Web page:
Agatha Christie is of course famous for her Miss Marple and Poirot mysteries, but many don’t know that she has written so many more mysteries with other detectives taking the lead. As my grandfather has left me his entire collection of Christies, which is quite impressive I can tell you, I’ve read my share of murder mysteries. Quite often, we see people appearing again in her novels, but this mystery has an entirely new protagonist. He is fresh, unknown and just a little bit boring. He never planned on playing the detective of course, but the mystery he stumbles upon is anything but boring. In fact, it sent the shivers down my back from time to time and it was one of the creepiest Christies I have ever read, as she attempts to write a supernatural horror novel.
Mark Easterbrook, the main character of The Pale Horse, is a bit of a dull man: a historian researching the Moguls. But he gets his first thrill in ages when he sees two young girls fighting at a coffee place, literally pulling each other’s hair out. The next day, he learns that one of the girls has died. This shouldn’t really alarm anyone, but it does him, especially when he learns of an old priest that has been struck down and murdered, and the coroner has found a small note stuffed down the priest’s sock. This list contains a few names that the police can’t quite connect, but the dead girl is among them. In fact, Mark finds, they’ve all died, but by natural causes.
Soon after, a young acquaintance of Mark mentions a place called the ‘Pale Horse’ that apparently arranges for someone to die, if one would desire it to be so. When he attends a fete, organised by his cousin, Mark and a few relatives and friends decide to visit the illustrious ‘Pale Horse’. Here they meet the three women, who are supposed to be witches and take orders for a death of your desire. One of these ladies, Thyrza, takes Mark with her and explains the general idea of death by suggestion, which simply means that one could kill anyone from a distance simply by appealing to their own desire to die. Remember, this book was written at a time when Freud was still a big hit. Thyrza is quite casual about it all though, when she explains how she, the medium and the witch might perform a ritual and how anyone could then die of natural causes, because they themselves want to die. This is where Mark starts to find the whole business just a little bit fishy, as did I.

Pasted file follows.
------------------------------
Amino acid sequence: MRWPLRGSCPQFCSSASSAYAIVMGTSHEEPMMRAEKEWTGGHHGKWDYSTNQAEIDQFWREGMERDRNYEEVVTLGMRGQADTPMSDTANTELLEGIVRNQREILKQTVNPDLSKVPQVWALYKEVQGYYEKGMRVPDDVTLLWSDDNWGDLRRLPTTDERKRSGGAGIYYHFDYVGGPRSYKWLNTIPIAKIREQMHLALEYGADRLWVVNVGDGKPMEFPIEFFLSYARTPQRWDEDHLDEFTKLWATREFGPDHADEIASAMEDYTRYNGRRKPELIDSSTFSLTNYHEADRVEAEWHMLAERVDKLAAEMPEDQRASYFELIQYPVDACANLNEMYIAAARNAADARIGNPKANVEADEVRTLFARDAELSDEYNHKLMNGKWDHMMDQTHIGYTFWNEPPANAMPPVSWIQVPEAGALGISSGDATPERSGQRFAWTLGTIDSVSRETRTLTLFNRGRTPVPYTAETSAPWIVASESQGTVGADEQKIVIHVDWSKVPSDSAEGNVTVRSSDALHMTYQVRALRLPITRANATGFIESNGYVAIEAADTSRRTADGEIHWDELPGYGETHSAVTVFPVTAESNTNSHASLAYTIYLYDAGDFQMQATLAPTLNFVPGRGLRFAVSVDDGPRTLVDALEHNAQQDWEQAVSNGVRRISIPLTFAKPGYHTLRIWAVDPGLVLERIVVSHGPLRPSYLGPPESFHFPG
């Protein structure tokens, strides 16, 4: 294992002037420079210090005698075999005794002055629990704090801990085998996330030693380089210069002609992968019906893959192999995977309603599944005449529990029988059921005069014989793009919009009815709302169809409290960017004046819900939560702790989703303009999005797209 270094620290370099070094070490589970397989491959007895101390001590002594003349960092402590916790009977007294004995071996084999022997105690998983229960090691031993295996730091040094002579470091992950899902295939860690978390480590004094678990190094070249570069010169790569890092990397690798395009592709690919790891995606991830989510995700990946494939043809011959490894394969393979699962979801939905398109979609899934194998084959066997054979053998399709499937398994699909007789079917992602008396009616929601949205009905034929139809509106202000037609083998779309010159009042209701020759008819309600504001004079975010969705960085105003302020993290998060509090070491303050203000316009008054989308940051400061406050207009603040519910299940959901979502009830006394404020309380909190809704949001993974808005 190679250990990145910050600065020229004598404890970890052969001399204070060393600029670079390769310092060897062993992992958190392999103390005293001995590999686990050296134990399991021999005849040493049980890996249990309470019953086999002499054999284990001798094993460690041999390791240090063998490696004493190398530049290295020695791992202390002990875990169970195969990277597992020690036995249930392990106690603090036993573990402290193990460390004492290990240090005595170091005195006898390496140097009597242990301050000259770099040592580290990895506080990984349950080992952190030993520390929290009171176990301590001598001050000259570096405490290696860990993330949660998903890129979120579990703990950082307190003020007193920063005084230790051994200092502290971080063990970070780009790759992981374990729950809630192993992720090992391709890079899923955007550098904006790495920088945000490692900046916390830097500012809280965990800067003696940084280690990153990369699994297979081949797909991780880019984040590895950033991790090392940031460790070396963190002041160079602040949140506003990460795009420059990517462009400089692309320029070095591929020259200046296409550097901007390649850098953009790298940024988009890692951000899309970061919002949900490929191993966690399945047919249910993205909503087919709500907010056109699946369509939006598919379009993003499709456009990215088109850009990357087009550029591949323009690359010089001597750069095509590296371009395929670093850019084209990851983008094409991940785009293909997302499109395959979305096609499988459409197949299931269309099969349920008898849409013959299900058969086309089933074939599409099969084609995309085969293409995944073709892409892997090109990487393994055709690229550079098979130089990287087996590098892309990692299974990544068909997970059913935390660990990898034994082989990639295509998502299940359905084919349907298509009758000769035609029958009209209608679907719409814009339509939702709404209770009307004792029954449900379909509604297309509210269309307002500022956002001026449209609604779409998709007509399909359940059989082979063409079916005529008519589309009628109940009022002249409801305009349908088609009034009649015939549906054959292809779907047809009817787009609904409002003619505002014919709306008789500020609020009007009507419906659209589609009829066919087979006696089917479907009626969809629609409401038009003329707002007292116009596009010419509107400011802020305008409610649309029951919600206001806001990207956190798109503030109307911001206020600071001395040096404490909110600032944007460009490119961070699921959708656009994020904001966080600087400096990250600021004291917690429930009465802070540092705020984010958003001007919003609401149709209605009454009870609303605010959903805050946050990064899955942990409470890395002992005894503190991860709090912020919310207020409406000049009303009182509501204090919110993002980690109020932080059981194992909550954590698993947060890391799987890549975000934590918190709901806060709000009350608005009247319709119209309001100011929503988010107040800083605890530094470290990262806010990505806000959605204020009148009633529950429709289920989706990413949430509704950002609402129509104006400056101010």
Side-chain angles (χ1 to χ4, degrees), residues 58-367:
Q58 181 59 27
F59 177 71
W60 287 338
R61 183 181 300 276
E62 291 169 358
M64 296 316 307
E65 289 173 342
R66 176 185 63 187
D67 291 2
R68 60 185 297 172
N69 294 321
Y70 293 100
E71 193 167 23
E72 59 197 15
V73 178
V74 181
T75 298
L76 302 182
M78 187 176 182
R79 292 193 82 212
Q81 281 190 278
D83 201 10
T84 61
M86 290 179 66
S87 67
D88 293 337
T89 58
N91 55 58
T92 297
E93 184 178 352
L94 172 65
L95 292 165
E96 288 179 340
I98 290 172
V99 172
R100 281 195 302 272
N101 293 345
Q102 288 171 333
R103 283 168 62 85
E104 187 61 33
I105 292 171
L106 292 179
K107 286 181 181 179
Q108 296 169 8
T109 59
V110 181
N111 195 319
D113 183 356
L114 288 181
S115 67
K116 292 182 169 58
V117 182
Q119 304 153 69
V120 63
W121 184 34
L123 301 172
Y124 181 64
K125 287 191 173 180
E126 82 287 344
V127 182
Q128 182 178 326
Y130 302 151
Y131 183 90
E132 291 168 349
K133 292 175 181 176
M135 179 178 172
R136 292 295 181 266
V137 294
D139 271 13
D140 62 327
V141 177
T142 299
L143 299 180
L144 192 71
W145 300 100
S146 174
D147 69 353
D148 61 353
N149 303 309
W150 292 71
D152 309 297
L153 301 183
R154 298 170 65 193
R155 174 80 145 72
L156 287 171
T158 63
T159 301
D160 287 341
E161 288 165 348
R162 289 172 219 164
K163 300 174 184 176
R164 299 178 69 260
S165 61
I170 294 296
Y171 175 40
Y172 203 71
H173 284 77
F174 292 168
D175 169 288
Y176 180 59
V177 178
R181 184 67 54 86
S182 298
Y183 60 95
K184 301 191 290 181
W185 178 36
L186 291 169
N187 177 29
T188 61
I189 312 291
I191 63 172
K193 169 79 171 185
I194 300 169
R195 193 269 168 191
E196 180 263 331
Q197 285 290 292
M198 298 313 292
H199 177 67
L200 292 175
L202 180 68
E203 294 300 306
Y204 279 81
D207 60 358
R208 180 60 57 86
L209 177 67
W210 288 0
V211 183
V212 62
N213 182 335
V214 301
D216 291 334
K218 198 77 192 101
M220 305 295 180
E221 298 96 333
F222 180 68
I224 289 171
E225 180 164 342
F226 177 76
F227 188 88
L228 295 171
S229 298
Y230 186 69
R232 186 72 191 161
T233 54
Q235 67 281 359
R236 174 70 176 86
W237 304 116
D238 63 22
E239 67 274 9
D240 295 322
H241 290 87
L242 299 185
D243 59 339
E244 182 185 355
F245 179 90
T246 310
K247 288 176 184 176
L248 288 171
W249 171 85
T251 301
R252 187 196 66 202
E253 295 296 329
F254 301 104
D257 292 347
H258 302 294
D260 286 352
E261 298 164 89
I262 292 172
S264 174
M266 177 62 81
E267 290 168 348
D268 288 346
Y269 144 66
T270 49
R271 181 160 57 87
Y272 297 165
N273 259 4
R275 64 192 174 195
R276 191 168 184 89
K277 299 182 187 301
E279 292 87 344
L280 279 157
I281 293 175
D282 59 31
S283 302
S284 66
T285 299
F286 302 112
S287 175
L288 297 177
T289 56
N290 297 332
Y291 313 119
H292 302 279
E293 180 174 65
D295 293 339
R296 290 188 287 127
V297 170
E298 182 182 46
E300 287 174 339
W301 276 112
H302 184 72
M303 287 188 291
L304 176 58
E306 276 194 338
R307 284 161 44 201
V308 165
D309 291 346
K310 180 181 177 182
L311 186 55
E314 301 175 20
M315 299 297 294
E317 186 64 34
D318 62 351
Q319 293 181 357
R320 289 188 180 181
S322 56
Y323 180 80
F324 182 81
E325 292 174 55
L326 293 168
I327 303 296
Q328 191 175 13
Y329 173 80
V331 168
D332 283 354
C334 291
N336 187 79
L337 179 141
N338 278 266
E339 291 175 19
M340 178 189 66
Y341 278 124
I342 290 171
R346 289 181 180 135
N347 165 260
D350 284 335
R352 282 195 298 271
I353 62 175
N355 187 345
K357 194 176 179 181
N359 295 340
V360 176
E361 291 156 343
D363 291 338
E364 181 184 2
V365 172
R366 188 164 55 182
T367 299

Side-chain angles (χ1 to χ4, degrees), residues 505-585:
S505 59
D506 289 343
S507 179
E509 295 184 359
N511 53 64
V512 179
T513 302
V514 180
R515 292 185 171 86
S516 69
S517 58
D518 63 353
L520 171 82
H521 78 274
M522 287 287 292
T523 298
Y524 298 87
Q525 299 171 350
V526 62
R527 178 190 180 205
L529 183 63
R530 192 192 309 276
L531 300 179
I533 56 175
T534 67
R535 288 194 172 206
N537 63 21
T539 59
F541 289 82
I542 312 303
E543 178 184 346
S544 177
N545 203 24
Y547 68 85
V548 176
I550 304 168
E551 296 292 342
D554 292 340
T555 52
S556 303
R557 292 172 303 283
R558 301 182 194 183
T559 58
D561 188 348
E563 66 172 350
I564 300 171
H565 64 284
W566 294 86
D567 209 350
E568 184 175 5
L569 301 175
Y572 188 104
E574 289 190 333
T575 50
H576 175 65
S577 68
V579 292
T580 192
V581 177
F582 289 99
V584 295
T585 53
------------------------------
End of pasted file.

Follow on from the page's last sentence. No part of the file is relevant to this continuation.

The next step for Mark is of course to find an accomplice in his plan to uncover the practices of these three witches. He tries his old friend and detective-novelist Ariadne Oliver, the coroner and a young friend of his, but no one takes him seriously. Mark starts to give up, that is, until he remembers a rather striking redhead who was a part of his cousin’s party. This glorious girl, who goes by the name of Ginger, is the most level-headed female in this entire book and so, of course, she wants to be part of his investigation immediately. But the problem is, murder by suggestion is hard to prove, so the only way for them to go about it is for Mark to contact these ladies with some strange story about how he’d like his first wife to die in order to remarry. Naturally, Ginger volunteers to play the part of the first wife: what could go wrong, right?
As you might have gathered from my summary, many elements of this story remind us of Shakespeare’s play ‘Macbeth’. These three ordinary village women are most likely the modern day depiction of the witches from Macbeth. One is very flamboyant and has the power to connect with the other realm; one is a cook and does all this primitive and dark magic, with the occasional casualty in the form of a chicken, and the last one is the brains and the head of business of the whole affair. Interestingly enough, because this is a modern-day adaptation, these three women have an agent of some kind who makes the arrangements with a client when they would like to see someone die. You visit him and he pretends to simply lay a bet with you on when this person supposedly could die. All of these different parties know very little about one another, which makes the organisation almost impossible to trace, let alone come to a conviction. They have to get the man behind the scenes, who orchestrates it all, and really the only way to do that is to go through all the steps, even though that’s incredibly frightening. But I really liked how Christie turned the witches of Macbeth into modern village spinsters and keeping them believable in this day and age all the same.